My concern of withdrawing during a rage is exactly as you described. We have removed shop objects and such throughout the home, but recently recovered children's scissors from her. I am not sure how she got them and most likely took the from school at one point. Last Saturday, while she was in her room she cut her jeans. I am sure it was attributed to the fact my husband and I refused to purchase her new jeans because she had plenty of them that were in great condition and fit. I am just glad it was not used in any other manner. Her rages will tear our house down if we let her. As you mentioned, typical rewards/consequences have not worked for us. She reacts the same way you described your son. On numerous occasions, this situation has put a wedge between my husband and I. He has a hard time coping with the behaviors and defends or minimizes it. Recently, he finally agreed to get her a psychiatric evaluation and realizes the behavior is not apart of normal childhood development. I think a lot of his defending has to do with his past mistakes. Thankfully, he is now beginning to see the downwards destruction and wants to seek help for her.

    In the end, I am concerned for her developing into a functioning child and adult. I do not see any positive out of allowing the behavior to continue without seeking out help. Yes for my own selfish reasons, I want the behavior to improve but in the end, she needs help.
  10. SomewhereOutThere

    SomewhereOutThere Well-Known Member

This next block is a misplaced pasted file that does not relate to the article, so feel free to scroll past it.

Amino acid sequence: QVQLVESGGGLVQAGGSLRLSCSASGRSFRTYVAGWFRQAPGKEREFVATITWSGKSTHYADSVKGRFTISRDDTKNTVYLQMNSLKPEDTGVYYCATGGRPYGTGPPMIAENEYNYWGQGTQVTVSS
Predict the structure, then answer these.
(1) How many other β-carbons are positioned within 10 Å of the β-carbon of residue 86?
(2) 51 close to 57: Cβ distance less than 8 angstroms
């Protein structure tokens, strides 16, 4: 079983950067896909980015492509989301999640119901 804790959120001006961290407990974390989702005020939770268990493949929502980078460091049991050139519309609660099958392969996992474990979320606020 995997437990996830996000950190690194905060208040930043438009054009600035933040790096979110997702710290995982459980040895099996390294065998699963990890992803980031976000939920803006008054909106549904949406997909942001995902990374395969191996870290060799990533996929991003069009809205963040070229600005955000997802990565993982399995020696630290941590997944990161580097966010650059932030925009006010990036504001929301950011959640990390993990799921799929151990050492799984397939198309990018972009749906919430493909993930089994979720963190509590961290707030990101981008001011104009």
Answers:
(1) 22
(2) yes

Hi there, hon. Things sound tough. As one who adopted older kids, let me share my insight with you. I could be right or wrong, but it sounds like this kids had as rocky a start as any kids in foster care and that they have had so many caregivers that they most likely have attachment disorder problems that a regular ole therapist is probably not capable of catching. I am going to send you another link (I know), but I am quite sure that, whatever else is going on, this is one of them...these kids had to learn to fend for themselves since infancy. They were abused and neglected and, in their earliest years, both were raised by drug addicts. You said hub thinks mom didn't use meth during her pregnancy, but he probably isn't sure. And if she drank, alcohol in a child's system in utero can cause brain damage, which is permanant. In short, you are not a typical blended family. These kids were thrown around just as much as any kid whom both of you could have adopted from the foster care system (and, indeed, they were in that system too along their way). They are not bad kids...or didn't start out that way. They are very damaged children who may be able to improve if you and hub are very serious about it. But you won't get results from typical parenting and I think withdrawing emotionally is very dangerous to kids who already think the only ones who will care for them is themselves. Here is a link on Reactive Attachment Disorder (RAD): Reactive Attachment Disorder. Ever adoptive mother and father knows this dreaded term, but there IS help (although it takes hard work). See if it fits...and, yes, these kids can grow up to be psychopaths if it isn't worked on. This explains it GREAT, although it says it's "rare." Well, it's not rare among kids who were adopted or who had no stability in their infancy and beyond.